Poison by Sean Beauford (Opening Reception Recap) / by Alex Young

 Sean Beauford captured by  Keep Pittsburgh Dope

Sean Beauford captured by Keep Pittsburgh Dope

Inside The Pittsburgh Cultural Trust's 707 Gallery on Friday, Dec. 11, I halted my note taking, sparked by the installed TIME Magazine covers titled "Are We Giving Kids Too Many Drugs?" and "Kids Who Sell Crack," to say to Makayla Wray, after previously meeting her at the corner of Penn Ave and 7th St walking to the show, "I know you're a fashion designer." She smiled and replied emphatically, "That's what I like to be known for! You should write that down. I'm quick with it," finishing her statement with a "dab."

Wray's use of the hit dance craze alerted me to the national and local contemporary flavors on display at the exhibit curated by Sean Beauford.

While I gazed at a lucid black, purple and white painting called "Codeine Crazy" by Amani Davis, Travis Scott's platinum record "Antidote" played. Around me, Chancelor Humphrey of Keep Pittsburgh Dope was dancing and taking pictures of people, like rapper Mars Jackson. A friend of KPD, visual artist, and food photographer Cody Baker heard the tune from outside and instinctively joined the party.

Space began to crowd and I looked down, as to not step on any feet and to find room to walk. I saw multiple pairs of Vans, an olive green pair of Eras, Sk8-His in blacked out and classic black-white colorways, and Old Skools. Along with Timberland 6" Boots, colorfully painted Timberland 6" Boots and "Wheat" Air Force 1 High, Yeezy Boost 350 "Moonrock," two pairs of Chelsea boots tan and black respectively, green Dr. Martens and Jordan silhouettes filling the room.

I stood next to a podium that read, "The Kids Aren't Alright," and observed owner of JENESIS Magazine and co-founder of Pittsburgh event space Boom Concepts Thomas Agnew, along with cultural practitioner D.S. Kinsel, artist Baron Batch with an eye painted on his red sweatpants and many more among the active, youthful, creative and intuitive attendees who celebrated Beauford's Poison art show.

 Photo by  LinShuttr

Photo by LinShuttr

 Photo by  LinShuttr

Photo by LinShuttr

 Via  Poison

Via Poison

Beauford, a young man from Mansfield, Ohio, works in Pittsburgh to deliver atmospheres attractive to popular culture. His latest project taps artists for an introspective exhibition that comments on America's drug use.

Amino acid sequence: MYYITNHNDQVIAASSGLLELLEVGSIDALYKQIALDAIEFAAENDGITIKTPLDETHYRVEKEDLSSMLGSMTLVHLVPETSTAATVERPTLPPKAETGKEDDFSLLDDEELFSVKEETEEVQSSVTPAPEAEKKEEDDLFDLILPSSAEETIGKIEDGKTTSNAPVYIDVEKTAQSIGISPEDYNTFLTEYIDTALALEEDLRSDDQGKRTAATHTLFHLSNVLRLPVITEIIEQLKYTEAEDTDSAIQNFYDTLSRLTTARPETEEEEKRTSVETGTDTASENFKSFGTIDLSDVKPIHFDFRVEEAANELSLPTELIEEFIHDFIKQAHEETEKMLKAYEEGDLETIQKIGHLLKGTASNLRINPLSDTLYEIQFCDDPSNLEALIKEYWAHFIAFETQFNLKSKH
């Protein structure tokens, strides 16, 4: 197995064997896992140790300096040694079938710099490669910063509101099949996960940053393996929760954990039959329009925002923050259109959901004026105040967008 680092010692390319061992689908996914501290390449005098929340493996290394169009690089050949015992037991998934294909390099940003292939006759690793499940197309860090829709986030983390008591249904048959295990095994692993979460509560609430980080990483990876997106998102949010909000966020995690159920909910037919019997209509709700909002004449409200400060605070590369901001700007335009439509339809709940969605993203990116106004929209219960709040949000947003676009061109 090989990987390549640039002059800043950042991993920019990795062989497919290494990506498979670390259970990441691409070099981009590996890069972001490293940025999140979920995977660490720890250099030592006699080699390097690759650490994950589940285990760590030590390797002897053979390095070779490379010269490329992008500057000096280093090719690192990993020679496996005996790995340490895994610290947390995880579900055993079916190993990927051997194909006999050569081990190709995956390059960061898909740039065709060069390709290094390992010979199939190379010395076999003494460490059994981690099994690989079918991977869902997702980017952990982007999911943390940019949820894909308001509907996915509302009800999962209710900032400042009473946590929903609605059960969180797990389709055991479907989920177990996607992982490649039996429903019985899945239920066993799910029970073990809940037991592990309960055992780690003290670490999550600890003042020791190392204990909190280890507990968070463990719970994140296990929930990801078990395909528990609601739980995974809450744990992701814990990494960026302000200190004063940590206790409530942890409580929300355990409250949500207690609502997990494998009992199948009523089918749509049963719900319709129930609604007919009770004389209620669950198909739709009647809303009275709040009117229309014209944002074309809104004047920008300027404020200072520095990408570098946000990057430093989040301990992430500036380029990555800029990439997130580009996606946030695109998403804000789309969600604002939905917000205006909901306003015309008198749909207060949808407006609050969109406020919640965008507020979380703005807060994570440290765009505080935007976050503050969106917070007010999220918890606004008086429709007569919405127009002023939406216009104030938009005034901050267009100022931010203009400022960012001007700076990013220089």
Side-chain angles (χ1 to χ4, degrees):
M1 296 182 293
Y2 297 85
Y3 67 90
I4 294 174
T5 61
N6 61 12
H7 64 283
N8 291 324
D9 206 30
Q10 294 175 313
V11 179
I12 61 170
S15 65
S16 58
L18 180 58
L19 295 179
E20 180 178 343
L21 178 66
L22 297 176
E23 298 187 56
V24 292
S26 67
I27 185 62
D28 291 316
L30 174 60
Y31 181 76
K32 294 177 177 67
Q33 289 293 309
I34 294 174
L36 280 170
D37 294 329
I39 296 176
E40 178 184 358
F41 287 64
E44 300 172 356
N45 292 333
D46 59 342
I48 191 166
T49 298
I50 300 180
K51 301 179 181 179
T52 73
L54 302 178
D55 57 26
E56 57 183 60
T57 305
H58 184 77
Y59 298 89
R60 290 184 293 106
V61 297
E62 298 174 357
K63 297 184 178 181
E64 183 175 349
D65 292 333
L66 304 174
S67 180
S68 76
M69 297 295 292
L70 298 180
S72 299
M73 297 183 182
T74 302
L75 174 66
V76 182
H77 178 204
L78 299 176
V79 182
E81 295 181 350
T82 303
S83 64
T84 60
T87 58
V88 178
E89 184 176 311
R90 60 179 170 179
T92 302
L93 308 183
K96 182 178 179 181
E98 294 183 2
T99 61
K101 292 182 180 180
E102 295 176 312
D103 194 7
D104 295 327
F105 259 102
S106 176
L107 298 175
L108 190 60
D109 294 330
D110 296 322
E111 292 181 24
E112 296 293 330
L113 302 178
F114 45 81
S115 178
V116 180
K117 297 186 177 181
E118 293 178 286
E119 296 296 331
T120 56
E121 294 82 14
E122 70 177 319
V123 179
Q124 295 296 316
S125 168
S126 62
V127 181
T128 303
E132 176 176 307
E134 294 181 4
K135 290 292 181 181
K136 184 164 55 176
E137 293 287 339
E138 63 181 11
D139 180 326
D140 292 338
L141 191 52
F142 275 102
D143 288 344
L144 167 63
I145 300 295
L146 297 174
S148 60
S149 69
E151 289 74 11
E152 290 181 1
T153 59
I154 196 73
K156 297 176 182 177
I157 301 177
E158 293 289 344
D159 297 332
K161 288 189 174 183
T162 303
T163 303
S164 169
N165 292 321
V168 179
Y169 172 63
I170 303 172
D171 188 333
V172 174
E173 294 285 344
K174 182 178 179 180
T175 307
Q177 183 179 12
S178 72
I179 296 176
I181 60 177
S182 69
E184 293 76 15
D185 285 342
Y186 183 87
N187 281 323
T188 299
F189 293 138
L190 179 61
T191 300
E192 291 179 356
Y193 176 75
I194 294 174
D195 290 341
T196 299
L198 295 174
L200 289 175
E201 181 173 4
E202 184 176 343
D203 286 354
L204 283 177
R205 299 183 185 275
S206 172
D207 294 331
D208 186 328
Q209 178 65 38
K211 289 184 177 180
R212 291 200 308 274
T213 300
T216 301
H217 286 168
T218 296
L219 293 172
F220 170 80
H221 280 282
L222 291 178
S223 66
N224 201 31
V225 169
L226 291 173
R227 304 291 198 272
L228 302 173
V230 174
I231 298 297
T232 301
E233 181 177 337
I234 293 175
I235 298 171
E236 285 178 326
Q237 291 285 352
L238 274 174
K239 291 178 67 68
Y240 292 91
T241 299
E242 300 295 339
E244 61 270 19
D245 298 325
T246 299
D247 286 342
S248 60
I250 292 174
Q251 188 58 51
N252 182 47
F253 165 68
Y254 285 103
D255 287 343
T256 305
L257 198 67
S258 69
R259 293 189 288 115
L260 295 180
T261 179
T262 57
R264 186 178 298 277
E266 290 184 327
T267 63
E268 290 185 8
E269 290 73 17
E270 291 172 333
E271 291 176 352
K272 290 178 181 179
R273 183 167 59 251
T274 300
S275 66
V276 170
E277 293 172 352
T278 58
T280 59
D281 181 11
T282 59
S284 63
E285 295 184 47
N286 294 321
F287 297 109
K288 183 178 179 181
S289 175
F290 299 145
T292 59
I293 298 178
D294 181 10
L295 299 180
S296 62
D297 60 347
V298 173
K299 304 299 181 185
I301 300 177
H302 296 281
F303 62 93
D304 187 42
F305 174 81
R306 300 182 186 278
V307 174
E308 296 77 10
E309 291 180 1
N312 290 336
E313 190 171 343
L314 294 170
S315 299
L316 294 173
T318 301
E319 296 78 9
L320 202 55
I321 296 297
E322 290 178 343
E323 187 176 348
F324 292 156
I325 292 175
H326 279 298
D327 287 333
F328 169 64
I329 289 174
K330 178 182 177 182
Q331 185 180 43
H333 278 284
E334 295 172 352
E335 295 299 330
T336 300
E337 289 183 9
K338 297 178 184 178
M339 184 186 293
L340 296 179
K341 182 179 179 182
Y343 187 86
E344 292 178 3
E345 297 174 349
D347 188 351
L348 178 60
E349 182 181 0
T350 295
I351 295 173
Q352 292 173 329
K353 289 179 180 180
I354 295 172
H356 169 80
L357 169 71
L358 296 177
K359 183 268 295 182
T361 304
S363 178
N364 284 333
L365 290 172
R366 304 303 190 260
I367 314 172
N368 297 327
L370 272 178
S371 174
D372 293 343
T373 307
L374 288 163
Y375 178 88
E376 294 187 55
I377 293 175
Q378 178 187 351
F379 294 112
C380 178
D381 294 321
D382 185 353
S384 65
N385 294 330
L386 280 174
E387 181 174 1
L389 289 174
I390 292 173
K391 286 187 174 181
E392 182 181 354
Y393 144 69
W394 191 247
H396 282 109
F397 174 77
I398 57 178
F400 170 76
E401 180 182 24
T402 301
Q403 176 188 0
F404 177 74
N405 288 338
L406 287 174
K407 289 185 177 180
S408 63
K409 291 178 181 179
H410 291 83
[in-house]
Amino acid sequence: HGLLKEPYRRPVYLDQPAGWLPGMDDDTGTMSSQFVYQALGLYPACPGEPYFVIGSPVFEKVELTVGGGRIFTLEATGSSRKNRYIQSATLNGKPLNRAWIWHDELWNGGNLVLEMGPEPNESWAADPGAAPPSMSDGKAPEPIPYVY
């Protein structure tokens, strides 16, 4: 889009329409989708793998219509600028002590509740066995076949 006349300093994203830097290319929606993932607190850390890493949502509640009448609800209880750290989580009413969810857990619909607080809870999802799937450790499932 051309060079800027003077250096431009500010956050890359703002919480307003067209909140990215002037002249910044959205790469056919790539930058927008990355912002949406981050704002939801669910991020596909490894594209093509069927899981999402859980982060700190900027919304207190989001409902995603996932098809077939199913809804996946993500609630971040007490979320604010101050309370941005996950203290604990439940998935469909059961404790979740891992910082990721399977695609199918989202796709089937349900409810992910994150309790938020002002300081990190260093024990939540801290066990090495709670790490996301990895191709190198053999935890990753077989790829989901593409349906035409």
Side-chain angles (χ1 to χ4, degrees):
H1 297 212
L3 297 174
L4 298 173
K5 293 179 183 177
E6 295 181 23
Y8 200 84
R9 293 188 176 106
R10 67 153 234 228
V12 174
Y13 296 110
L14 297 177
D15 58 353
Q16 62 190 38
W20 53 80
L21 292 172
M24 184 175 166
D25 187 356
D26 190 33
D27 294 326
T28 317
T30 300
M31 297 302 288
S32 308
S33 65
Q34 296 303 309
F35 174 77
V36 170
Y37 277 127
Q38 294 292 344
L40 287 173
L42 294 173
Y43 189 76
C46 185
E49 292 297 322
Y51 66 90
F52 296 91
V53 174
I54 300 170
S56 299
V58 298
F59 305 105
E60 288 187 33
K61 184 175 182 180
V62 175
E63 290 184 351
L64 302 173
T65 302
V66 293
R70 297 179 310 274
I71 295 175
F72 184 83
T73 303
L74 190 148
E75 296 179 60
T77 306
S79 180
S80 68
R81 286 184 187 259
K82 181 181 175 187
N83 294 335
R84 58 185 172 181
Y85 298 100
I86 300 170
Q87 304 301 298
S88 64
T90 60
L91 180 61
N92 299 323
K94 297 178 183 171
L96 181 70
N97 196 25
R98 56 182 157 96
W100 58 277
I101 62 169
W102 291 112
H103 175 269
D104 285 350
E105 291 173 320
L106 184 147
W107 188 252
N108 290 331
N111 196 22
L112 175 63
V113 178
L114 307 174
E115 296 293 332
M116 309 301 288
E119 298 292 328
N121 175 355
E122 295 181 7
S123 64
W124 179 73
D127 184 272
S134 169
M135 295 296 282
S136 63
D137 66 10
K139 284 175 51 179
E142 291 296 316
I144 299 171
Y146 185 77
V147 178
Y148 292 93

The show alludes to the amplified life experience drug users become addicted to. Drugs heighten reality, take away pain and stimulate euphoria; they make people feel alive all the while destroying their lives in the process.

Outside 707 Gallery, where Poison is located, plastered on its front window in bright pink is the phrase, "WHAT A TIME TO BE ALIVE."

Artist and Poison contributor Hannibal Hopson said, "You have life and you have death. There is a time to be alive and people choose to cut that short in a number of ways, like drinking 40 oz."

Positive and negative values fill every piece featured in Poison. Hopson's "Teuton Fury |40 oz|" is cement casts of Steel Reserve and Colt 45 with sunflowers pushing out of the top. Another contributor, LinShuttr, has canvas covered in crayon drawn clouds, sun rays, trucks, and fish accented with attached crack vials and boxes of Arm & Hammer baking soda.

 "Teuton Fury |40 oz|" by Hannibal Hopson

"Teuton Fury |40 oz|" by Hannibal Hopson

Along a wall, I viewed photographs by Good Mike. The images chronicled heroin and cocaine users cooking on a white stove top and shooting up while sitting in a bathtub. Once viewers reach the end of the consecutive images they are greeted by a hooded figure passed out face-down on top of a mattress on the floor, a scary symbol that death's reality is lurking.

Performer Grits Capone, standing on an orange milk crate, said in his spoken word piece exclusive to the opening reception, "Death is inevitable, but baby patience is a virtue."

"What A Time To Be Alive" emerges as a theme and underlining message to Beauford's Poison because the exhibit reflects upon the parallels and choice of evocative experimentation and destruction resulting from drug use.

Subjects like hip-hop and streetwear intersect with drug culture because artists glorify the lean sipping, pill popping and blunt passing used in their creative processes. The excitement lies in the masterpieces being created; drugs are used as a celebratory aid. Hopson and Davis spoke to gallery patrons with Olde English 40 oz stuck to their hands.

Beyond the relevance of "What A Time To Be Alive" as Drake and Future's mixtape title, the phrase and the opening reception for Beauford's Poison actively describes a progressive environment.

A group of guests congregated outside the show. A girl named Morgan said, "It's nice to see them [referring to Poison artists] doing something. Growing up here, I did not see this progression in Pittsburgh."

By utilizing fashion and lifestyle outlet Keep Pittsburgh Dope to promote the show on Instagram to other actors in Pittsburgh popular culture, combined with the art itself showcased in Poison, Beauford illustrates there is no better time than now for people to create and offer positive output to their environment.

See artists Amani Davis, LinShuttr, Mathias Heavy, Good Mike and Hannibal Hopson's work at Sean Beauford's curated Poison at 707 Gallery on Wednesday and Thursday from 11 a.m. - 6 p.m., Friday and Saturday from 11 a.m. - 8 p.m., and Sunday 11 a.m. - 5 p.m. through January 10.

707 Penn AVE

Pittsburgh, PA 15222